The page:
The Times sides with David Paterson on the approach to the deficit, saying, “[T]he Legislature, in denial, is refusing to do the hard work that’s needed.”
“Education groups are looking to protect school districts and schoolchildren from the harm these cuts would cause,” said NYSUT spokesman Carl Korn on Paterson’s plan to stall payments.
Next on the chopping block: museums and other cultural institutions.
Paterson supports raising the charter-school cap.
Carl Campanile calls this a “dramatic reversal.”
The Capitol profiles Richard Ravitch, budget savior, “unaffiliated and smarter than your average Albany insider.”
Ethics advocates are concerned he is asking foundations to fund his staff.
“It’s ludicrous that Spitzer would even consider running for public office again, and even more ludicrous that New Yorkers would vote for him,” said Kristin Davis, the madam who helped service Client 9. “But if he’s going to run, then so will I.”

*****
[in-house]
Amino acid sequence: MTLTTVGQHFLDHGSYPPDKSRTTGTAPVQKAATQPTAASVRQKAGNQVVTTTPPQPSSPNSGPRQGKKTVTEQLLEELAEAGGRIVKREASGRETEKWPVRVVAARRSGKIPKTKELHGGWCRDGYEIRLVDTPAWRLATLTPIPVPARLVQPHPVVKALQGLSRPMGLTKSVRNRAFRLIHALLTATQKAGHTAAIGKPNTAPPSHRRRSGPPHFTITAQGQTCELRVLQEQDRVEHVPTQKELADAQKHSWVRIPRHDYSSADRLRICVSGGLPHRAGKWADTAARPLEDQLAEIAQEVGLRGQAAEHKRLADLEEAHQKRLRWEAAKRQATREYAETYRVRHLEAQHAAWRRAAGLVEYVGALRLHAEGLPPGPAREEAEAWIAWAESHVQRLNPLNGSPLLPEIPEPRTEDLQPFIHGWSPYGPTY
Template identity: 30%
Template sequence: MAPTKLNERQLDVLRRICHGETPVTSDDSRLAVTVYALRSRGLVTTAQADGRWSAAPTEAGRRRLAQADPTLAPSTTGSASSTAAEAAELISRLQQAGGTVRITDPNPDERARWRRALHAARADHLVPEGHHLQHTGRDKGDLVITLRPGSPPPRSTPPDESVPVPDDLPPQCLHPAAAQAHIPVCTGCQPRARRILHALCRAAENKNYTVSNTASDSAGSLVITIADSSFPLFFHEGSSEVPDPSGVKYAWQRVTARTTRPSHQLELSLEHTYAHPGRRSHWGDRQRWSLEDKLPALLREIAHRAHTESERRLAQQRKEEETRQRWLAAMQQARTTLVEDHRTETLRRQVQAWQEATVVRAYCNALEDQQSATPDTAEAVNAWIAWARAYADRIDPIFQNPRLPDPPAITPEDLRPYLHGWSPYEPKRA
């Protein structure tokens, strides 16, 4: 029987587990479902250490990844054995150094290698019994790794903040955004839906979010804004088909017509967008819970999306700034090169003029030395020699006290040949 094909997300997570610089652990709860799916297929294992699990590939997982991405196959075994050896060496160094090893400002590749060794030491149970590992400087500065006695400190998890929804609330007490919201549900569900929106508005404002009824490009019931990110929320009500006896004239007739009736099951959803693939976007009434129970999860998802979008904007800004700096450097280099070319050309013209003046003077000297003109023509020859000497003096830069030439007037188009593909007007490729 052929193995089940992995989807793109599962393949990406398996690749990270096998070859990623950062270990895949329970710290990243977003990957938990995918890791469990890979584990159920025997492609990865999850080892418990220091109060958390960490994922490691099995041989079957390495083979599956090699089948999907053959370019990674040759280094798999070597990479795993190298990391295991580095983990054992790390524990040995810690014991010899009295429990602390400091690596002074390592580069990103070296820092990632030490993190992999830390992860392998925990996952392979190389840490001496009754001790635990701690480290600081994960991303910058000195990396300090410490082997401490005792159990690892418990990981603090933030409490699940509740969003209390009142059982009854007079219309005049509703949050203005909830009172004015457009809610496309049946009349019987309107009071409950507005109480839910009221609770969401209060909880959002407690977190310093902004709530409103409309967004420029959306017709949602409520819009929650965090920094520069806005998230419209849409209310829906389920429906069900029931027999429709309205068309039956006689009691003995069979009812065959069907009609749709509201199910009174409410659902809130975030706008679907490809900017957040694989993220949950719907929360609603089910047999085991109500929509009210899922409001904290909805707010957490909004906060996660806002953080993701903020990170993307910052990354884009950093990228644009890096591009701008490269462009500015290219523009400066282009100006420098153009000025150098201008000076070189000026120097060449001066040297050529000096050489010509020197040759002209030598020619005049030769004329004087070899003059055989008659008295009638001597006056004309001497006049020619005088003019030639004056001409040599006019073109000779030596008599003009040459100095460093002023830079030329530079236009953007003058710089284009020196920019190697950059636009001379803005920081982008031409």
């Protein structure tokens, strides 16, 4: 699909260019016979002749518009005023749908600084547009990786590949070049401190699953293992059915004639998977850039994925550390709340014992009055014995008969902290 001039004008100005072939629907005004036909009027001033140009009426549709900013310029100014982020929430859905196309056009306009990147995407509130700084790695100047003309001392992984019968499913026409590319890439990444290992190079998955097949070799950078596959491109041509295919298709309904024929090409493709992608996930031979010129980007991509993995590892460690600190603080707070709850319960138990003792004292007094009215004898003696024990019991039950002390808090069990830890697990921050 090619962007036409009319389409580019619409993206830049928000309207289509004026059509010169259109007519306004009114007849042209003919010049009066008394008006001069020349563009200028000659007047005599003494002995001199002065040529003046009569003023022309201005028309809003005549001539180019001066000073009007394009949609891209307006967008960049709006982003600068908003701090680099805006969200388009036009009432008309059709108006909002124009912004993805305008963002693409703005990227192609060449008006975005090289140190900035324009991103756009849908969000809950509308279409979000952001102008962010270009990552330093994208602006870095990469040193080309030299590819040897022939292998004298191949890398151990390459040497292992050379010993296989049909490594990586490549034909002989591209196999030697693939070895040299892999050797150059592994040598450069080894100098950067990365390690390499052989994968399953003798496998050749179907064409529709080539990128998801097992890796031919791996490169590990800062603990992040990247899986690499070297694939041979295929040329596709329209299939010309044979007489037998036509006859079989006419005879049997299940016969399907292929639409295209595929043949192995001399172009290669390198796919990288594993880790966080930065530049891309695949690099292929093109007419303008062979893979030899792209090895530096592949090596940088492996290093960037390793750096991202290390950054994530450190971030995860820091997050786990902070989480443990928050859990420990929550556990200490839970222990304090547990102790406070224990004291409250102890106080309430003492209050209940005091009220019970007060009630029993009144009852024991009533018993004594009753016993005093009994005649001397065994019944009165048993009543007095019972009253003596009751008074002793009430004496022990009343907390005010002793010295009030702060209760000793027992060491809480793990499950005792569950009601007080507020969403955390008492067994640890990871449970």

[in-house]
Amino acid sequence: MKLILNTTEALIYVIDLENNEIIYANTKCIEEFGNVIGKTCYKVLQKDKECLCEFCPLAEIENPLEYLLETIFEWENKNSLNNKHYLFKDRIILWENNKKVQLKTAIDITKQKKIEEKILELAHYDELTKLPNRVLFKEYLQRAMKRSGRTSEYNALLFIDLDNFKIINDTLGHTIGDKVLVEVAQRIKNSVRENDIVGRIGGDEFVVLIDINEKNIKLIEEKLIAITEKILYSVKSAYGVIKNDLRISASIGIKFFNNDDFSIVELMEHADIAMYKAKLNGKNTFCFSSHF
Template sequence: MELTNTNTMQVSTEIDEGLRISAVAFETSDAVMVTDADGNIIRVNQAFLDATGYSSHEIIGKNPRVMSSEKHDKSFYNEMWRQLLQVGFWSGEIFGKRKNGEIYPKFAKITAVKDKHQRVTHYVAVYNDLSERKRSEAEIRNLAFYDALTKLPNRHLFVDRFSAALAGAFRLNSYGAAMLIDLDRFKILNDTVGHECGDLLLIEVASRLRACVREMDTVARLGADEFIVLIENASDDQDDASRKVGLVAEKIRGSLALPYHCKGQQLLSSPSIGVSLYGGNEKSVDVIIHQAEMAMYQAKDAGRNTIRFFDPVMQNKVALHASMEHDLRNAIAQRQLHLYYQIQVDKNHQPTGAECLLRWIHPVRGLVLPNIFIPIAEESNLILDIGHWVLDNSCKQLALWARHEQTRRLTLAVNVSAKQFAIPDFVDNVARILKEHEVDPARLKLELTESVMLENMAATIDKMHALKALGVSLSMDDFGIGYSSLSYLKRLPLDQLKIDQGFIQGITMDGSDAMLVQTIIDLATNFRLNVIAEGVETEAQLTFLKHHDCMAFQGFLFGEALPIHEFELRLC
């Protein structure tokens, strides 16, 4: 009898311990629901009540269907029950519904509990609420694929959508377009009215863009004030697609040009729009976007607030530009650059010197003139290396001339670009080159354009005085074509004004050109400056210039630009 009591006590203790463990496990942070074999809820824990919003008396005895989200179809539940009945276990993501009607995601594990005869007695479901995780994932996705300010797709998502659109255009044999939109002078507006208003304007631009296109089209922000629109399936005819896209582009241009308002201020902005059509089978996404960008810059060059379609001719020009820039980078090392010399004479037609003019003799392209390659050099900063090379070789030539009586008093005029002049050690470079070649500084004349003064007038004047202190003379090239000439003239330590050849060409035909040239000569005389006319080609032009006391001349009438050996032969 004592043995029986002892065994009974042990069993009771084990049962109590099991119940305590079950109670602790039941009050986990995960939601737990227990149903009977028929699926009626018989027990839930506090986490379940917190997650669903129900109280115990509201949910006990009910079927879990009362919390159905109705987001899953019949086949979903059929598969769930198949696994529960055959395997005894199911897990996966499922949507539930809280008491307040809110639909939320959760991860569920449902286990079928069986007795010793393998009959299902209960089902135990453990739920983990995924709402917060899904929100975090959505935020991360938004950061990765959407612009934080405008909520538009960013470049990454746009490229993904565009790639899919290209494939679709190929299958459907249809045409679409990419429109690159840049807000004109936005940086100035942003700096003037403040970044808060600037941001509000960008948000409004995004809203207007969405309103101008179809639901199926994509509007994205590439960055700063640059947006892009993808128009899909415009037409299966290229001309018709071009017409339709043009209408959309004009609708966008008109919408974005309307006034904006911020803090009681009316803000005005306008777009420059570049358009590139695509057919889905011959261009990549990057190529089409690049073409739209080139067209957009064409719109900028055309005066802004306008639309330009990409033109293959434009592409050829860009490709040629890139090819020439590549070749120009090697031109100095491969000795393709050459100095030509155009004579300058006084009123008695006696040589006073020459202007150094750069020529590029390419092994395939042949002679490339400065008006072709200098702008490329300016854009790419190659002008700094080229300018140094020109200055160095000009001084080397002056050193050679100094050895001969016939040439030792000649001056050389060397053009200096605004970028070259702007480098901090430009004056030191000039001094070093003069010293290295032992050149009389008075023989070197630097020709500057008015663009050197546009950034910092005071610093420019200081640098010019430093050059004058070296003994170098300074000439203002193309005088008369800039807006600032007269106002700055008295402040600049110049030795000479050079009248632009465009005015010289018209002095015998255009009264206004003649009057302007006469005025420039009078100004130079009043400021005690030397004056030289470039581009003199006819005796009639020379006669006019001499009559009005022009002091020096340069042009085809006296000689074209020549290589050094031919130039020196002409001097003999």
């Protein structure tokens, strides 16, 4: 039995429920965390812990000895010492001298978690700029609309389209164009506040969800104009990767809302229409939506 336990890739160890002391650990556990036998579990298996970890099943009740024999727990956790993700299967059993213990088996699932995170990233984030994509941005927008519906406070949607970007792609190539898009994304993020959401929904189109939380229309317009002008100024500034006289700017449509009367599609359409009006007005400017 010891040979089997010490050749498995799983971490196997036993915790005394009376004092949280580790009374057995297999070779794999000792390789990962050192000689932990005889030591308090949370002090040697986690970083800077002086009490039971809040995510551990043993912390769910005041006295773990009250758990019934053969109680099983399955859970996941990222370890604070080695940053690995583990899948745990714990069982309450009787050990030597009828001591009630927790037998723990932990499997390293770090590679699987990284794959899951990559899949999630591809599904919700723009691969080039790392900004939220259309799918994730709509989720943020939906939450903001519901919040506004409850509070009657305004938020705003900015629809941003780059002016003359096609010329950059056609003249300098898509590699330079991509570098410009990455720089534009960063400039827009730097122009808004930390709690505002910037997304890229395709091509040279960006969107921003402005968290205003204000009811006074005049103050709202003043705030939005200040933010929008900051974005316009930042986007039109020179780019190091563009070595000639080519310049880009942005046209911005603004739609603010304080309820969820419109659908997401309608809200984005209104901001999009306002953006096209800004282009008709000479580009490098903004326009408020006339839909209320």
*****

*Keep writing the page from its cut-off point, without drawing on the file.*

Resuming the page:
Ed Cox is in a juggling act to build the Republican 2010 ticket.
Paterson will sign an order preventing discrimination against transgendered state employees.
The News says the M.T.A.’s deficit is the result of legislative inaction.
Michael Grynbaum suggests the M.T.A. proposed eliminating student Metrocards as a negotiating tactic.
Michael Bloomberg and Paterson are still thinking about tolls.
Nicole Gelinas says the answer is to cut labor costs.
New York has finally modernized its voting machines.
A poll shows New Yorkers are divided on same-sex marriage and how to restructure the legislature.
Bill Thompson is running strong against Kirsten Gillibrand, it shows.
The Shinnecock Nation is moving closer to federal recognition, which would let it build a casino.
O.C.F.S. Commissioner Gladys Carrion wants a report ripping New York’s juvenile justice system to be a “lever” for change.
Unrelated: Pete Grannis v. Sarah Palin.
And below, State Senator Jeff Klein speaks at the signing ceremony: